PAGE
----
“No,” said Mrs Bosenna, rising. “The rain has stopped, and it’s time we were getting home, between the showers.”
Again Captain Cai and Captain ’Bias offered gallantly to accompany her to the gate of Rilla Farm; but she would have none of their escort.
“No one is going to insult me on the road,” she assured them. “And besides, if they did, Dinah would do the screaming. That’s why I brought her.”
She had enjoyed her evening amazingly. She took her departure with a few happily chosen words which left no doubt of it.
After divesting himself of his coat that night, Captain Cai laid a hand on his upper arm and felt it timidly. Unless he mistook, the flesh beneath the shirt-sleeve yet kept some faint vibration of Mrs Bosenna’s hand, resting upon it, thrilling it.
“The point is,” said Cai to himself, “it can’t be ’Bias, anyway. I felt pretty sure at the time that Philp was lyin’. But what a brazen fellow it is!”
Strangely enough, in his bedroom on the other side of the party wall Captain ’Bias stood at that moment deep in meditation. He, too, was rubbing his arm, just below the biceps.
Yet the explanation is simple. You have only to bethink you that Mrs Bosenna, like any other woman, had two hands.
MRS BOSENNA PLAYS A PARLOUR GAME.
“We have runned out simultaneous,” announced Mrs Bowldler next morning, as the two friends sat at breakfast in Captain Cai’s parlour, each immersed (or pretending to be immersed) in his own newspaper. They had slept but indifferently, and on meeting at table had avoided, as if by tacit consent, allusions to last night’s entertainment. Each of the newspapers contained a full-column report of the Regatta, with its festivities, which gave excuse for silence. With a thrill of innocent pleasure Cai saw his own name in print. He harked back to it several times in the course of his perusal, and confessed to himself that it looked very well.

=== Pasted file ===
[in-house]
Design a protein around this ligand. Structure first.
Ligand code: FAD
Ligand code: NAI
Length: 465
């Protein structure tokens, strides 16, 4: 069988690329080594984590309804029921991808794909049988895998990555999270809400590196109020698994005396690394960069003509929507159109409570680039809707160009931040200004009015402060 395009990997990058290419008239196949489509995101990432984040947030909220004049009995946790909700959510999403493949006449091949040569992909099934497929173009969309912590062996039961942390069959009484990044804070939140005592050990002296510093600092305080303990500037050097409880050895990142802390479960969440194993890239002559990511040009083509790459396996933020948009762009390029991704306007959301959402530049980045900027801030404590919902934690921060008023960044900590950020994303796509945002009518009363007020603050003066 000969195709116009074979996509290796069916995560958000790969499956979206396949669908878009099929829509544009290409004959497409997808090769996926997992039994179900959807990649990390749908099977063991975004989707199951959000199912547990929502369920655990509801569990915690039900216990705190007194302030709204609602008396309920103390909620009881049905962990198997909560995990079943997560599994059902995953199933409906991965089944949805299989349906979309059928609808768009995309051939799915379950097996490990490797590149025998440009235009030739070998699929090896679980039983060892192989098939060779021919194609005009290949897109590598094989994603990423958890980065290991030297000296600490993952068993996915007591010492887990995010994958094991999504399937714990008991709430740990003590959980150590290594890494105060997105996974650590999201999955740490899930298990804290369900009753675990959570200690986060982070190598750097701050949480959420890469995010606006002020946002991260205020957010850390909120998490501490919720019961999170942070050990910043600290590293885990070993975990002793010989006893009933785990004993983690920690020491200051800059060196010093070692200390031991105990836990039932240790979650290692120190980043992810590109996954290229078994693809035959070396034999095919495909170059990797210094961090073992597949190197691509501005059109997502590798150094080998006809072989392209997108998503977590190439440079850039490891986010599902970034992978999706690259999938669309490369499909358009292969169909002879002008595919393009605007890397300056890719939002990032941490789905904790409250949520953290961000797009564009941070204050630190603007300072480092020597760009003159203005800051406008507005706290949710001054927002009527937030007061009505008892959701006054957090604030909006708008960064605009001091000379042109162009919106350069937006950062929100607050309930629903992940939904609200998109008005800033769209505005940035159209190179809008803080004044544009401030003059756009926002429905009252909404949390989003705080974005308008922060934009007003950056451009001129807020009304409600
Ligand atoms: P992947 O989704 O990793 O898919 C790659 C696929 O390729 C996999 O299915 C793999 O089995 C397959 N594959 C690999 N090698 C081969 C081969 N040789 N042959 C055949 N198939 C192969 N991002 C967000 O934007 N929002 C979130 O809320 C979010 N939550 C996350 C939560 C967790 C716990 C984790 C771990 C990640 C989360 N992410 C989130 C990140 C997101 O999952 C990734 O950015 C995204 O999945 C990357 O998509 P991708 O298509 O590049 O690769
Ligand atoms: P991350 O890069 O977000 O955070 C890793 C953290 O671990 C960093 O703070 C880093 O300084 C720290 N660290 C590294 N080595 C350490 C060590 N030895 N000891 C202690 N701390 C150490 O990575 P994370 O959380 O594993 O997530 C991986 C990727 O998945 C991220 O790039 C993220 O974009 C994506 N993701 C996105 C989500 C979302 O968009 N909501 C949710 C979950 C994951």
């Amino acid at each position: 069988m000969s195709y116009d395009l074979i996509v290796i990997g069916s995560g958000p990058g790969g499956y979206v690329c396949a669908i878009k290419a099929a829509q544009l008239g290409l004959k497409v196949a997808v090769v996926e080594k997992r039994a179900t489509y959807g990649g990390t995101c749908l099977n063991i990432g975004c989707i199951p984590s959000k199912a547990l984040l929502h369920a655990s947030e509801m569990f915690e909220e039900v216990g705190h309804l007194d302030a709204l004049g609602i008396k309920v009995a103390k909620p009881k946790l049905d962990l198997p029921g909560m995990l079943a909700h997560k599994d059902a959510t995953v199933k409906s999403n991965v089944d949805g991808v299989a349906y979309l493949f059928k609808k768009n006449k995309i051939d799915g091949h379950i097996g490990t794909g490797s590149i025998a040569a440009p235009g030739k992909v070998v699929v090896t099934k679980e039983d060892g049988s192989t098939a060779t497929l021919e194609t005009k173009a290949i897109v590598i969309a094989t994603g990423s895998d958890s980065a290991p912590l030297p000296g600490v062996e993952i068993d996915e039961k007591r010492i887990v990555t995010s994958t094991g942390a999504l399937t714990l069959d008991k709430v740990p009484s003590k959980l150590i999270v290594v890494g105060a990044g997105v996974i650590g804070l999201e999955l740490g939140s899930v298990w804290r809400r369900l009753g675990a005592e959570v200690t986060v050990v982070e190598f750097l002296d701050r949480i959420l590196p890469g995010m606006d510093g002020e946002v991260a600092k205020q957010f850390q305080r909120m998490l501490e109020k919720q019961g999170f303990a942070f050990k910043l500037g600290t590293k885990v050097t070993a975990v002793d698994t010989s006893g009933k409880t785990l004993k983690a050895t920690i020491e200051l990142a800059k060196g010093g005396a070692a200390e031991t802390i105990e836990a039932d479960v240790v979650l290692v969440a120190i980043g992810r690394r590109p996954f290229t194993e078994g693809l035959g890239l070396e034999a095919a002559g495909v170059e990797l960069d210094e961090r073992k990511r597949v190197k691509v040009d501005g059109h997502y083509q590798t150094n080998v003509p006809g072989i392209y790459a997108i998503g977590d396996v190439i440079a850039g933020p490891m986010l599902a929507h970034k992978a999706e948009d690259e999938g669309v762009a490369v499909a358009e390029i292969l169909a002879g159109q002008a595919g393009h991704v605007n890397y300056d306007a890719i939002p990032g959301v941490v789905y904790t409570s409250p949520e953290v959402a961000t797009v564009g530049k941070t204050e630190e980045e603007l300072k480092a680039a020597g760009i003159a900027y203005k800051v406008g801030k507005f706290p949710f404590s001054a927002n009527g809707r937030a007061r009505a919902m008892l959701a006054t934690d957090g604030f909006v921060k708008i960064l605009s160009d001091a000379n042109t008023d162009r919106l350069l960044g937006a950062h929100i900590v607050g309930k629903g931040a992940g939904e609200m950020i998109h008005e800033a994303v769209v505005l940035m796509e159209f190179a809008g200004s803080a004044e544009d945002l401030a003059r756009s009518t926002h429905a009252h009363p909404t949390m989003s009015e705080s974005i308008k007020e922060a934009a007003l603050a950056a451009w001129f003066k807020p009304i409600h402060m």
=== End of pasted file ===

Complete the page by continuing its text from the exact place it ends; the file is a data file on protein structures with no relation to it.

But Mrs Bowldler, too, had slept indifferently, if her eyes—which were red and tear-swollen—might be taken as evidence. Her air, as she brought in the dishes, spoke of sorrow rather than of anger. Finding that it attracted no attention, she sighed many times aloud, and at each separate entrance let fall some gloomy domestic news, dropping it as who should say, “I tell you, not expecting to be believed or even heeded, still less applauded for any vigilant care of your interests, but rather that I may not hereafter reproach myself.”
“We have runned out simultaneous,” she repeated as Captain Cai glanced up from the newspaper. “Which I refer to coals. Palmerston tells me there’s not above two-and-a-half scuttlefuls in either cellar, search them how you will.” (The search at any rate could not be extensive, since the cellars measured 8 feet by 4 feet apiece.)